ISSN 1672-9609 ISBN Medium  
  Area Expedition Conference  
  Notes PMID:29425403 Approved no  
  Call Number GFZ @ kyba @ Serial 1865  
Permanent link to this record
 

 
Author Liu, J.D.; Goodspeed, D.; Sheng, Z.; Li, B.; Yang, Y.; Kliebenstein, D.J.; Braam, J. url  doi
openurl 
  Title Keeping the rhythm: light/dark cycles during postharvest storage preserve the tissue integrity and nutritional content of leafy plants Type Journal Article
  Year 2015 Publication BMC Plant Biology Abbreviated Journal BMC Plant Biol  
  Volume 15 Issue Pages 92  
  Keywords Plants  
  Abstract BACKGROUND: The modular body structure of plants enables detached plant organs, such as postharvest fruits and vegetables, to maintain active responsiveness to environmental stimuli, including daily cycles of light and darkness. Twenty-four hour light/darkness cycles entrain plant circadian clock rhythms, which provide advantage to plants. Here, we tested whether green leafy vegetables gain longevity advantage by being stored under light/dark cycles designed to maintain biological rhythms. RESULTS: Light/dark cycles during postharvest storage improved several aspects of plant tissue performance comparable to that provided by refrigeration. Tissue integrity, green coloration, and chlorophyll content were generally enhanced by cycling of light and darkness compared to constant light or darkness during storage. In addition, the levels of the phytonutrient glucosinolates in kale and cabbage remained at higher levels over time when the leaf tissue was stored under light/dark cycles. CONCLUSIONS: Maintenance of the daily cycling of light and dark periods during postharvest storage may slow the decline of plant tissues, such as green leafy vegetables, improving not only appearance but also the health value of the crops through the maintenance of chlorophyll and phytochemical content after harvest.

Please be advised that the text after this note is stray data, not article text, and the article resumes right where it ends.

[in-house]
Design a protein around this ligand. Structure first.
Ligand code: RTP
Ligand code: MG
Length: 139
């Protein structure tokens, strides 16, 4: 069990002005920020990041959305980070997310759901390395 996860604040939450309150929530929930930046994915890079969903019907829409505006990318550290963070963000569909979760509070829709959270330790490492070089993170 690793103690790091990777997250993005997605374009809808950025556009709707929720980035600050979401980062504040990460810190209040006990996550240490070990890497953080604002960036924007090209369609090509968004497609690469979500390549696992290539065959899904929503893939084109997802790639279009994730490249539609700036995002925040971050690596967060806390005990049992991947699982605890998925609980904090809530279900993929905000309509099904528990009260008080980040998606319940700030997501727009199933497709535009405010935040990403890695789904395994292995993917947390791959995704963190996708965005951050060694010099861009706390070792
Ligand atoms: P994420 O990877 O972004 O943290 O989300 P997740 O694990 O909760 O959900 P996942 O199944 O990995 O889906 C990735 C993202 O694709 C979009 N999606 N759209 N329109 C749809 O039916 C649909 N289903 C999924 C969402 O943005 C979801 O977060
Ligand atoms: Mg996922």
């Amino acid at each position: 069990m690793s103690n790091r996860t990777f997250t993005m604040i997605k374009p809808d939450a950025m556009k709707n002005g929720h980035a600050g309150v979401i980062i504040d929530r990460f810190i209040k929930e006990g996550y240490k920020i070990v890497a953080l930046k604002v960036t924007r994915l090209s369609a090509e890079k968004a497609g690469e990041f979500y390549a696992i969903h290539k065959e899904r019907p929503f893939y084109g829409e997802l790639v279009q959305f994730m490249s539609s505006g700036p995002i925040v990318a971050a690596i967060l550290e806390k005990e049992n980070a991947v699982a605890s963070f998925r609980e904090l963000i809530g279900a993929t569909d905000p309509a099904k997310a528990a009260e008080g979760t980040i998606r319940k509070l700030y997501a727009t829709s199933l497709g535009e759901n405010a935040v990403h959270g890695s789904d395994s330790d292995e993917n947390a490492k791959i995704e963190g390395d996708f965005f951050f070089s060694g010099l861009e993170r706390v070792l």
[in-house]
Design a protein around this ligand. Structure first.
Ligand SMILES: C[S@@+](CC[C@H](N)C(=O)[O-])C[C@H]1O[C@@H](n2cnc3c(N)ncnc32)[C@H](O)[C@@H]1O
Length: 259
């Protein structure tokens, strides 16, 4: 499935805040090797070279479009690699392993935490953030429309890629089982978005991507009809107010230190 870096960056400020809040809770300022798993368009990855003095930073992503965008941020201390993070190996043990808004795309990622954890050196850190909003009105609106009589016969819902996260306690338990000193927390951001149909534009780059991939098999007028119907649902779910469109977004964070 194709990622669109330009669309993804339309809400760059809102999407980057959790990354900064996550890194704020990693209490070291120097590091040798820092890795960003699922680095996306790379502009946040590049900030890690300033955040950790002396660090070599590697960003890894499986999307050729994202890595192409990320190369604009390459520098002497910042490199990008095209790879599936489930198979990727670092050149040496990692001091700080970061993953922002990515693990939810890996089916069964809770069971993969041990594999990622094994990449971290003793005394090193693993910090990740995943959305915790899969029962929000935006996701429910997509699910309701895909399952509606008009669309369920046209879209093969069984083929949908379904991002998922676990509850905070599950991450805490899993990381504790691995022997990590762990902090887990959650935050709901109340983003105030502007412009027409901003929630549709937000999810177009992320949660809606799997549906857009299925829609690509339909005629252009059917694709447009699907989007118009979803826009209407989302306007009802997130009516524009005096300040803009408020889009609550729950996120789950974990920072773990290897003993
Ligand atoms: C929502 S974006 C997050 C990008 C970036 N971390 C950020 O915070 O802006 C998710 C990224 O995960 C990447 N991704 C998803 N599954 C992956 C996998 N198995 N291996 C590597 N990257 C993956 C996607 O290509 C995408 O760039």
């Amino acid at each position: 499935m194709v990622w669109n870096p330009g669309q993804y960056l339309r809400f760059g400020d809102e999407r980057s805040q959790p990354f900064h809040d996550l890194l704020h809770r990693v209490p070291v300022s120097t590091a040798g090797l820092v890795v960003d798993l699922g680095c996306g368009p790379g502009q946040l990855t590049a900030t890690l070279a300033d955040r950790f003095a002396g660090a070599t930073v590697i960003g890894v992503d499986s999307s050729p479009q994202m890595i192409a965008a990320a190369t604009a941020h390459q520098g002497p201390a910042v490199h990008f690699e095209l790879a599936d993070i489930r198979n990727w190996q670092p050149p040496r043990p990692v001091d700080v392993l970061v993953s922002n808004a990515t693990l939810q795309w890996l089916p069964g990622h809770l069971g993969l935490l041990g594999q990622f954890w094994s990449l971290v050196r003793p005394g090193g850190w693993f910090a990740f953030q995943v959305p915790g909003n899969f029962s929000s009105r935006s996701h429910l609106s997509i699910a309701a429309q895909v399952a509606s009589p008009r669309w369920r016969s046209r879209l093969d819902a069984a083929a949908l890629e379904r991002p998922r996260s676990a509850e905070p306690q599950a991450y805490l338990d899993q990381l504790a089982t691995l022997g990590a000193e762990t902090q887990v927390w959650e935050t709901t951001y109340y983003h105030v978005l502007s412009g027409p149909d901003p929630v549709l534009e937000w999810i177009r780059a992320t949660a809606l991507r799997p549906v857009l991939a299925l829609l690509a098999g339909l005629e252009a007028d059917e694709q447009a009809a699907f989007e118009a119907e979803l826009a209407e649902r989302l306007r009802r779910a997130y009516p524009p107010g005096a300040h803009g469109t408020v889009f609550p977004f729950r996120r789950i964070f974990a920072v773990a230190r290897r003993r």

Address (up) Department of BioSciences, Rice University, Houston, TX, 77005, USA. braam@rice.edu